Obstetrical Care

Prenatal Care

Prenatal care is the treatment of a woman and her unborn child during pregnancy. It is never too early to begin prenatal care and set the foundation for a healthy pregnancy. From the beginning of your first trimester until the birth of your baby, your OB-GYN is your partner for health and wellness. You should schedule your first obstetric appointment as soon as you discover that you have become pregnant. Your obstetrician will confirm your pregnancy and depending on whether your pregnancy is considered high risk, may ask you to return for prenatal appointments monthly, bimonthly, or according to a schedule designed to offer you the healthiest pregnancy possible.

Did you know…

that mothers who do not get prenatal care have three times as many low birth weight babies as women who do seek prenatal treatment? Furthermore, the U.S. Department of Health and Human Services reports that fetus and infant mortality is five times higher among women who do not get prenatal care.

Frequently Asked Questions

If I feel healthy. Do I need prenatal care?

Yes. Prenatal care is about more than your health – it’s about your baby’s health too! Throughout your pregnancy, your obstetrician will routinely screen you for diseases and conditions that could threaten your health or the health of your baby. These screenings begin in the first trimester and continue up until birth, so make an appointment to see your obstetrician as soon as you become pregnant.

What should I expect at my prenatal care visits?

Your obstetrician will likely adhere to the prenatal care guidelines established by the American College of Obstetrics and Gynecology. Your first visit may be one of your longest though you will visit your obstetrician multiple times over the course of your pregnancy. Your first visit will consist of a review of your health history, a physical examination, blood type and Rh testing, HIV screening, and a host of other lab tests. You may also need an updated pap smear and immunizations to ensure a healthy pregnancy. Finally, your obstetrician will offer tips and advice for a healthy pregnancy and schedule your next visit – usually during the first part of your second trimester. Future prenatal visits will consist of weight measurement, fundal height measurements, and blood pressure screenings, as well as urine tests, sonograms and additional lab testing as needed.

Are there any instructions I need to follow between prenatal care visits to ensure a healthy pregnancy?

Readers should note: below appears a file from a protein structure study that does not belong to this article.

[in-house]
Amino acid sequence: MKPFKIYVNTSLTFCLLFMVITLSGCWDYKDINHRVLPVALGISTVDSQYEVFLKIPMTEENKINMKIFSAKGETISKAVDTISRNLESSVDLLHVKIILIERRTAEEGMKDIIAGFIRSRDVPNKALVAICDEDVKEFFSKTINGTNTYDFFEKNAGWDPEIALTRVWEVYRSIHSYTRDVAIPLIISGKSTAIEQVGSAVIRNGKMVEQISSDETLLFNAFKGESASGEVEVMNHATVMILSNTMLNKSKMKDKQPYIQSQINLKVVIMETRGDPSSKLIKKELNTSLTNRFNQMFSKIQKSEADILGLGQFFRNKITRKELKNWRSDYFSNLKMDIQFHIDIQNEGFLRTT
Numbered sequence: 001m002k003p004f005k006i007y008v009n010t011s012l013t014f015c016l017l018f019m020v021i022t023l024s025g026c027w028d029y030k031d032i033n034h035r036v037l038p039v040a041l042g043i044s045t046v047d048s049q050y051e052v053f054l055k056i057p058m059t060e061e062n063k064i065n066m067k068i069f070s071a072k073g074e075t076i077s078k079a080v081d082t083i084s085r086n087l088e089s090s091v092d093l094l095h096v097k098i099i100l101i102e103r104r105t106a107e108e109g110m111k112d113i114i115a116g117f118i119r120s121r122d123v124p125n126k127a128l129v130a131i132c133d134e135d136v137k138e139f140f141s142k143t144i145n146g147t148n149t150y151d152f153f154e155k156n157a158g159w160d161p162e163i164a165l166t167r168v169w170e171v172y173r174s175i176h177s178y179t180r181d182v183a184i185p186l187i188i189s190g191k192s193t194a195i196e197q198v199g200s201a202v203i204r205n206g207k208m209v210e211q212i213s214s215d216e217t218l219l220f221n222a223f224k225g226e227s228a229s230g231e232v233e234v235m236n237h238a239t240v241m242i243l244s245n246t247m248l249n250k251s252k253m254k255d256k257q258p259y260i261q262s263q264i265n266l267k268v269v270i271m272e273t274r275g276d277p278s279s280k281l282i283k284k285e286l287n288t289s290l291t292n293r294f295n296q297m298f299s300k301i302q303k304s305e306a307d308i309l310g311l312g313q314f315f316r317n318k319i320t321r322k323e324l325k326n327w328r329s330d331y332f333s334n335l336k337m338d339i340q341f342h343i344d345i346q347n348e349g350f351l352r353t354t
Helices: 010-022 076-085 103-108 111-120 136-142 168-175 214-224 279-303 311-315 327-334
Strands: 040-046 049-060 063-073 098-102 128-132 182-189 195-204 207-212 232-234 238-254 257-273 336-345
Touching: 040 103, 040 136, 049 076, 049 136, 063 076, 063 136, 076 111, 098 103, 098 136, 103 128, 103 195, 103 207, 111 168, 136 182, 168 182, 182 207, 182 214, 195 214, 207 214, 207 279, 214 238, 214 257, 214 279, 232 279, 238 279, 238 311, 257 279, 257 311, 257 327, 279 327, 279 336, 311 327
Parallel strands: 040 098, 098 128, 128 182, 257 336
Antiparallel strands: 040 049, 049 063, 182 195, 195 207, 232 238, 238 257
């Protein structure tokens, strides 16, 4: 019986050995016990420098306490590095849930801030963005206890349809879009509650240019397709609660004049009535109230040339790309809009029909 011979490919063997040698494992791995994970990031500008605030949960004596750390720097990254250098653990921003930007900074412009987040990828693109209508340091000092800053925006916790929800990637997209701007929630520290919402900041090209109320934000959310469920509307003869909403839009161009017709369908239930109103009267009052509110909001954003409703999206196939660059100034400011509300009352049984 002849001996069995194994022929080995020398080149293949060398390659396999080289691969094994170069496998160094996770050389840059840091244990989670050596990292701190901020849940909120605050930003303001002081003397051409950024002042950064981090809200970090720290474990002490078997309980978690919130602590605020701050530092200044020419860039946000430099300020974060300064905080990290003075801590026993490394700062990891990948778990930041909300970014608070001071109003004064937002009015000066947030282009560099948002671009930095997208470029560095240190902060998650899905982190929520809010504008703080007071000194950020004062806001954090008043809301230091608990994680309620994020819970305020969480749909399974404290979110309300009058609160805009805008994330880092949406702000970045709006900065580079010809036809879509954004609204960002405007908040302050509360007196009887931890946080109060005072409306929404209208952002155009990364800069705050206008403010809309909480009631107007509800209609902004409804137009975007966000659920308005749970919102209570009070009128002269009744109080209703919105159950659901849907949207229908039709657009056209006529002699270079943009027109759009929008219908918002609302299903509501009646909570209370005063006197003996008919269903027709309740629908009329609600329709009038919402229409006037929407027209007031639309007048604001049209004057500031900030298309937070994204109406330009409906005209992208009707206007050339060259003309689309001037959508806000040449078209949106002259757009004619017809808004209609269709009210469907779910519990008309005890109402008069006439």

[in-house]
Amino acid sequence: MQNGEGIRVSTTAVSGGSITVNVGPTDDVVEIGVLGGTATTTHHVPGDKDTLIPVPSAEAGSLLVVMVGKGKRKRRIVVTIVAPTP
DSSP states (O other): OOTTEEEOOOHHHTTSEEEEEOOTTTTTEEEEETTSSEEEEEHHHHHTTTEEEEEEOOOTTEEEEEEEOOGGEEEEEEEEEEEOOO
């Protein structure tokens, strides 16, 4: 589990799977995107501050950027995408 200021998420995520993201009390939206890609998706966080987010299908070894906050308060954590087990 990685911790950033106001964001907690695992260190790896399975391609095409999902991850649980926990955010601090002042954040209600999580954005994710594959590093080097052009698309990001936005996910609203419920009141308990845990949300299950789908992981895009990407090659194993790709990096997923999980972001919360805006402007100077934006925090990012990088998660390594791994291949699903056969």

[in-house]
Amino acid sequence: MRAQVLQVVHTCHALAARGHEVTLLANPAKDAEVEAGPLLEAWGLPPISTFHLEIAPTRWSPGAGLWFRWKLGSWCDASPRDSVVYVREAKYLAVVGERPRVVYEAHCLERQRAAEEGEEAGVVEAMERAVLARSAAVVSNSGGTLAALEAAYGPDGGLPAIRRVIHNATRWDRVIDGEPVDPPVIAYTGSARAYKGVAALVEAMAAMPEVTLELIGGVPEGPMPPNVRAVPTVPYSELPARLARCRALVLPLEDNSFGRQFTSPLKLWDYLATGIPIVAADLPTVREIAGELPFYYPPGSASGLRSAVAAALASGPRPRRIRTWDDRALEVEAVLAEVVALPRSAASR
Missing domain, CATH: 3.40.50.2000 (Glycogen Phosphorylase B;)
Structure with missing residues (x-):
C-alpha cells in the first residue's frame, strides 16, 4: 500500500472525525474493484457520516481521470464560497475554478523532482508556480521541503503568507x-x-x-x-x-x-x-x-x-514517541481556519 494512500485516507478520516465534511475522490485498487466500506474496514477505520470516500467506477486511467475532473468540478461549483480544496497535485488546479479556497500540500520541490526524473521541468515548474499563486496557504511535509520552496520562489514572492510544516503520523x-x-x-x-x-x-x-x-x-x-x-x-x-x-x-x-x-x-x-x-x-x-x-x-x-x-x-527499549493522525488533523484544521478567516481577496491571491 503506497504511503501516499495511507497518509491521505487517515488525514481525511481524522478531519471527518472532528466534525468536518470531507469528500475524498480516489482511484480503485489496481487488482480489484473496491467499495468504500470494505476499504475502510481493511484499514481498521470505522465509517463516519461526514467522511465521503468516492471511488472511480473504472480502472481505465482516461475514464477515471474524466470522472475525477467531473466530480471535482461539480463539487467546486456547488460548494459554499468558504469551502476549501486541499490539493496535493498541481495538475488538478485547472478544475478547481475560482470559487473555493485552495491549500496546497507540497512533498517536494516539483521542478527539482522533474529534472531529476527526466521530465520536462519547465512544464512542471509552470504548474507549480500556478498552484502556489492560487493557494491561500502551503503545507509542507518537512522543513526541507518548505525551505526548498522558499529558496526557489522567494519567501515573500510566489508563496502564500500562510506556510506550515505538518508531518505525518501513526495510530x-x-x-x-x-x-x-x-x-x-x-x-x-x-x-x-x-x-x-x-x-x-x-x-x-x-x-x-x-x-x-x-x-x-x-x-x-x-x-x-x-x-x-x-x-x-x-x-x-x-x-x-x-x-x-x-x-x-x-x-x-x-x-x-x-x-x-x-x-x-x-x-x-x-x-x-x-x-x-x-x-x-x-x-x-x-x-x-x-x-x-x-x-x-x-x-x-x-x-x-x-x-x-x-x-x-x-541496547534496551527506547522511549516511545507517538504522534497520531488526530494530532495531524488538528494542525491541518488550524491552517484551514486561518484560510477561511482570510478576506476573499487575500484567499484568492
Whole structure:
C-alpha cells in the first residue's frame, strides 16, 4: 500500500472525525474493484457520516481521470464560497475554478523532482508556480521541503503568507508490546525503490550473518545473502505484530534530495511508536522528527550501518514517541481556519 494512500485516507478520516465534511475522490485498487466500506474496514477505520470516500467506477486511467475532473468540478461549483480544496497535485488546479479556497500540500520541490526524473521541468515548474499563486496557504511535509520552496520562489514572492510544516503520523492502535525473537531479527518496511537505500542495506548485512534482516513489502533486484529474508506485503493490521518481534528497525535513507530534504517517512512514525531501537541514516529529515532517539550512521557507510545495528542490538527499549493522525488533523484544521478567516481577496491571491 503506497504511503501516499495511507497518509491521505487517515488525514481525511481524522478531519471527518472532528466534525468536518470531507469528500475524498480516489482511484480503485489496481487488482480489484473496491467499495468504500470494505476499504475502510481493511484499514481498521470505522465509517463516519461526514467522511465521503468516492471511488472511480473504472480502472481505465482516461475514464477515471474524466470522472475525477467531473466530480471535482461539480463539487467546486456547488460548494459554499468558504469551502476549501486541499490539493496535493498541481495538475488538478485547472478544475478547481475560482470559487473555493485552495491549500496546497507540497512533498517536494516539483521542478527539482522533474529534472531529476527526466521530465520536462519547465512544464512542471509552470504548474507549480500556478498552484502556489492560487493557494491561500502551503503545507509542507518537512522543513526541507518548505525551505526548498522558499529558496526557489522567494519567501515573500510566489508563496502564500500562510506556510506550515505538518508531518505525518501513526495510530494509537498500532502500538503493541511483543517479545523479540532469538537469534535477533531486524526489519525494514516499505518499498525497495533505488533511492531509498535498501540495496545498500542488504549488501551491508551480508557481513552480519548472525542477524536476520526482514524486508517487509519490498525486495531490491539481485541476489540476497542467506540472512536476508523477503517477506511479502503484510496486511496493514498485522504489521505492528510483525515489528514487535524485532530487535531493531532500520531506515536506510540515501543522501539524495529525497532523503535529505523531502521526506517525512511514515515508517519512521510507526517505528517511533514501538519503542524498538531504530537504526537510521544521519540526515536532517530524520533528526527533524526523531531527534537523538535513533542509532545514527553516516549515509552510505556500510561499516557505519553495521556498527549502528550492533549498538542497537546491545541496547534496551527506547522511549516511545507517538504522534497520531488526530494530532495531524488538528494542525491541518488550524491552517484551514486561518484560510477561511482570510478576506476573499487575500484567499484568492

If you are pregnant or planning to become pregnant, talk with your OB-GYN about steps you should be taking to protect the health of you and your baby. Examples include:

  • Taking a prenatal vitamin
  • Avoiding foods high in mercury
  • Getting a flu shot
  •  Avoiding hot tubs or saunas
  • Eating a nutritious diet
  • Avoiding alcohol and excessive caffeine consumption
  • Maintaining a healthy weight
  • Optimizing your sleep position
  • Avoiding contact with kitty litter
  • Taking a childbirth education class

Postpartum Care

Postpartum care is important during the days and weeks following a vaginal or c-section delivery. The first two to three days of postpartum care are under the observation of nurses and an obstetrician dedicated to the health of women following delivery. However, the majority of the postpartum period occurs at home, with only one to two follow-up appointments scheduled in the six to eight week period following birth. Most women make complete and healthy recoveries during this time when following the advice of their obstetricians. However, some develop complications, such as hemorrhaging. Hemorrhaging is excessive bleeding caused by placental detachment from the uterine wall. It is a serious condition that requires immediate medical attention.

Did you know…

that postpartum hemorrhaging only occurs in about 4 percent of women after birth? Women are particularly at risk for postpartum hemorrhaging because they experience up to a 50 percent increase in blood volume during pregnancy. It is important to note that blood loss is both common and normal following birth, but women who lose more than 500 ml of blood after a vaginal birth or 1,000 ml of blood following c-section births are said to be hemorrhaging.

Frequently Asked Questions

How will I know if I am hemorrhaging?

You will know you are hemorrhaging if you are losing excessive amounts of blood, experiencing a drop in blood pressure or have a low red blood cell count. Your doctor and nurses will monitor you for hemorrhaging in the 48 – 72 hours after delivery, and you’ll be given instructions for identifying signs of hemorrhaging after you leave the hospital, such as bleeding that gets heavier with time or the passing of golf ball size clots or larger. Hemorrhaging can occur in women up to 6 weeks after birth.

How will my obstetrician treat me if I am hemorrhaging?

If you are hemorrhaging, your doctor will administer fluids via IV and provide iron supplements. You may also be given medications to encourage uterine contractions or a blood transfusion in rare cases.

Will I need to follow any post-treatment care instructions?

Your body will need time to replenish its blood levels, so it is normal to experience some weakness or lightheadedness following a postpartum hemorrhage. Depending on the extent of the hemorrhage, some women may need to be kept in the hospital for medical oversight during the initial stages of recovery. The vast majority of women who experience postpartum hemorrhaging make complete recoveries without long-term side effects.

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